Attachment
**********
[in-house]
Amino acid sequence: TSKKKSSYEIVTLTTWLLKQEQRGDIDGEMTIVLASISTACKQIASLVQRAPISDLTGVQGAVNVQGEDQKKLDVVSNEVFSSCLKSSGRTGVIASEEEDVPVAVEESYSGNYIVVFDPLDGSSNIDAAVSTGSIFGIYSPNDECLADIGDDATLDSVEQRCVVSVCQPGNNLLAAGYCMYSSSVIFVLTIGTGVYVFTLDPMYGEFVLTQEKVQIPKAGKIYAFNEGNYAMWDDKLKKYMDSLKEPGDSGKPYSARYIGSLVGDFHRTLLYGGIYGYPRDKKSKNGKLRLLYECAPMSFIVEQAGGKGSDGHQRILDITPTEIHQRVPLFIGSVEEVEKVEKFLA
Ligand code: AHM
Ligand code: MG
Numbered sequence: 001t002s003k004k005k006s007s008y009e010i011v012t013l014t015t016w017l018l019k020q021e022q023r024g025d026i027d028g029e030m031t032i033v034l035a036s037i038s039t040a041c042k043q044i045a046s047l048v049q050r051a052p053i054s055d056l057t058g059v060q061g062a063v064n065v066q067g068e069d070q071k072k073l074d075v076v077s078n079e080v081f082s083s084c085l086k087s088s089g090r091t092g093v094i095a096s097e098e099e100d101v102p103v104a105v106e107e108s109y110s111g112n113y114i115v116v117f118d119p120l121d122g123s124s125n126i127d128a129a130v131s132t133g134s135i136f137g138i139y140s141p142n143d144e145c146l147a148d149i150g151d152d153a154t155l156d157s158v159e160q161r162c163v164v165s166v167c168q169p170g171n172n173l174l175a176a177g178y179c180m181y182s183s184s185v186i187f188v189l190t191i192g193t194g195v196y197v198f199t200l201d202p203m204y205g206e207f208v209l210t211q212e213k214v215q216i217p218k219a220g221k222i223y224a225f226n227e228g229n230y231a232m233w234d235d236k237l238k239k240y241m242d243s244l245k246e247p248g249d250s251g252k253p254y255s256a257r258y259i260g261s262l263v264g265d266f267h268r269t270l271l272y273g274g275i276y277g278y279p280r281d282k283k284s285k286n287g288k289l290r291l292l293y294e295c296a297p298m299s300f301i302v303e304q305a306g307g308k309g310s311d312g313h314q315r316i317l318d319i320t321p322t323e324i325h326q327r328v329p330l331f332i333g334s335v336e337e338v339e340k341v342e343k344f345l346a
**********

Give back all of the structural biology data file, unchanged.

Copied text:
[in-house]
Amino acid sequence: TSKKKSSYEIVTLTTWLLKQEQRGDIDGEMTIVLASISTACKQIASLVQRAPISDLTGVQGAVNVQGEDQKKLDVVSNEVFSSCLKSSGRTGVIASEEEDVPVAVEESYSGNYIVVFDPLDGSSNIDAAVSTGSIFGIYSPNDECLADIGDDATLDSVEQRCVVSVCQPGNNLLAAGYCMYSSSVIFVLTIGTGVYVFTLDPMYGEFVLTQEKVQIPKAGKIYAFNEGNYAMWDDKLKKYMDSLKEPGDSGKPYSARYIGSLVGDFHRTLLYGGIYGYPRDKKSKNGKLRLLYECAPMSFIVEQAGGKGSDGHQRILDITPTEIHQRVPLFIGSVEEVEKVEKFLA
Ligand code: AHM
Ligand code: MG
Numbered sequence: 001t002s003k004k005k006s007s008y009e010i011v012t013l014t015t016w017l018l019k020q021e022q023r024g025d026i027d028g029e030m031t032i033v034l035a036s037i038s039t040a041c042k043q044i045a046s047l048v049q050r051a052p053i054s055d056l057t058g059v060q061g062a063v064n065v066q067g068e069d070q071k072k073l074d075v076v077s078n079e080v081f082s083s084c085l086k087s088s089g090r091t092g093v094i095a096s097e098e099e100d101v102p103v104a105v106e107e108s109y110s111g112n113y114i115v116v117f118d119p120l121d122g123s124s125n126i127d128a129a130v131s132t133g134s135i136f137g138i139y140s141p142n143d144e145c146l147a148d149i150g151d152d153a154t155l156d157s158v159e160q161r162c163v164v165s166v167c168q169p170g171n172n173l174l175a176a177g178y179c180m181y182s183s184s185v186i187f188v189l190t191i192g193t194g195v196y197v198f199t200l201d202p203m204y205g206e207f208v209l210t211q212e213k214v215q216i217p218k219a220g221k222i223y224a225f226n227e228g229n230y231a232m233w234d235d236k237l238k239k240y241m242d243s244l245k246e247p248g249d250s251g252k253p254y255s256a257r258y259i260g261s262l263v264g265d266f267h268r269t270l271l272y273g274g275i276y277g278y279p280r281d282k283k284s285k286n287g288k289l290r291l292l293y294e295c296a297p298m299s300f301i302v303e304q305a306g307g308k309g310s311d312g313h314q315r316i317l318d319i320t321p322t323e324i325h326q327r328v329p330l331f332i333g334s335v336e337e338v339e340k341v342e343k344f345l346a